Our intention is to acquire and make available ALL picture books featuring indigenous people and people of color published in the U.S. since 2002, including reprints. Inclusion of a title in the collection DOES NOT EQUAL recommendation. See our related readings page for suggested links for evaluating books.
When young Lucy travels from Latin America to visit relatives in Ohio, she is very homesick until she realizes that the only way to communicate with her cousin's frisky dog is to learn to speak English
Mr. and Mrs. Stein and their young sons Gabe and Jacob adopt a baby girl from Vietnam
With Mother's Day coming, Antonio finds he has to decide about what is important to him when his classmates make fun of the unusual appearance of his mother's partner, Leslie
While out on a walk with her blind grandmother, Phoebe tries to describe the skin color of members of her family by comparing them to various foods
When Leo outgrows his bicycle, it finds a new home with Alisetta, who uses it to access her family's sorghum field and the market
When Hee Jun's family moves from Korea to West Virginia he struggles to adjust to his new home. He can't understand anything the teacher says, and even the sky seems smaller and darker. Hee Jun begins to learn English words and make friends on the playground. One day at a classmate's house he sees a flower he knows from his garden in Korea: mugunghwa, or rose of Sharon. Hee Jun is happy to bring a shoot to his grandmother to plant a "piece of home" in their new garden. A child-friendly story about the trials and triumphs of starting over in a new place while keeping family and traditions close
Willie's father tells him there is something special in an old coconut bank brought from the Philippines, but Willie is embarrassed to take it to school for a contest, especially since he knows that one of his classmates will make fun of him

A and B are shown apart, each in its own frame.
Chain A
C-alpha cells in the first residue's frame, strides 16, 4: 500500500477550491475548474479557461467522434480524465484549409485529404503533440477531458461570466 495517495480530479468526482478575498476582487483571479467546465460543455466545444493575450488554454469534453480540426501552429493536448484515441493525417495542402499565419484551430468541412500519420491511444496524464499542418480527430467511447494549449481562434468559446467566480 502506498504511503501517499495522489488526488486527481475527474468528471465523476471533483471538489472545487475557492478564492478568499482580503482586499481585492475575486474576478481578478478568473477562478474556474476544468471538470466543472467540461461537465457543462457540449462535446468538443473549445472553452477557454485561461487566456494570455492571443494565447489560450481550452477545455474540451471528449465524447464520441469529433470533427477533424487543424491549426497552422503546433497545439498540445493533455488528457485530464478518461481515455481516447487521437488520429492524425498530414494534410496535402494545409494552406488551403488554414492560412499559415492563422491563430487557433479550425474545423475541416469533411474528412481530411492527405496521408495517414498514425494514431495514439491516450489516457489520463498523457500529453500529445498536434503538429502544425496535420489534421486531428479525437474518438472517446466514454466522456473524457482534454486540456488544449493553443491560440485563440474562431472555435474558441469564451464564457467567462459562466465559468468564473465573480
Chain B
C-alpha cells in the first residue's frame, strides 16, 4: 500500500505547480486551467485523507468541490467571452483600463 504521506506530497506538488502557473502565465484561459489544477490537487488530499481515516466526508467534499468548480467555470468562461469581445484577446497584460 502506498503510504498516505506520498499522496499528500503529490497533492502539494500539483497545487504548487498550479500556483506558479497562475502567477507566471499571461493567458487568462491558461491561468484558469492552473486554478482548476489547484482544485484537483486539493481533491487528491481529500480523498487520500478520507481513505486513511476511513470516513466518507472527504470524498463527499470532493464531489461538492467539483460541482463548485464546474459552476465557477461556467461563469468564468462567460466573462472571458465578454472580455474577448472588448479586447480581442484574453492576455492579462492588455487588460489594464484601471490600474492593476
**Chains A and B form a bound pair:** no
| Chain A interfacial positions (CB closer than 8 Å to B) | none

Ramadan is coming and Leena is excited. Although she is too young to fast each day during the Muslim holy month, she decides to fast on a Friday that her aunt will be visiting. Now Leena has a dilemma. She receives an invitation to a party which happens to fall on that same Friday. Leena doesn't want to miss the party, but she doesn't want to miss fasting either. So Leena decides to go to the party, but not eat or drink Later, she will join her family for the meal known as iftar, when the daily fast is broken. But when Leena, who is the only Muslim at the party, sees her friends enjoying fresh lemonade and chocolate cake, her stomach starts to growl and her head begins to hurt. Will she keep her Ramadan fast?
When Bilal and his sister transfer to a school where they are the only Muslims, they must learn how to fit in while staying true to their beliefs and heritage
Now that she is ten, Lailah is delighted that she can fast during the month of Ramadan like her family and her friends in Abu Dhabi, but finding a way to explain to her teacher and classmates in Atlanta is a challenge until she gets some good advice from the librarian, Mrs. Carman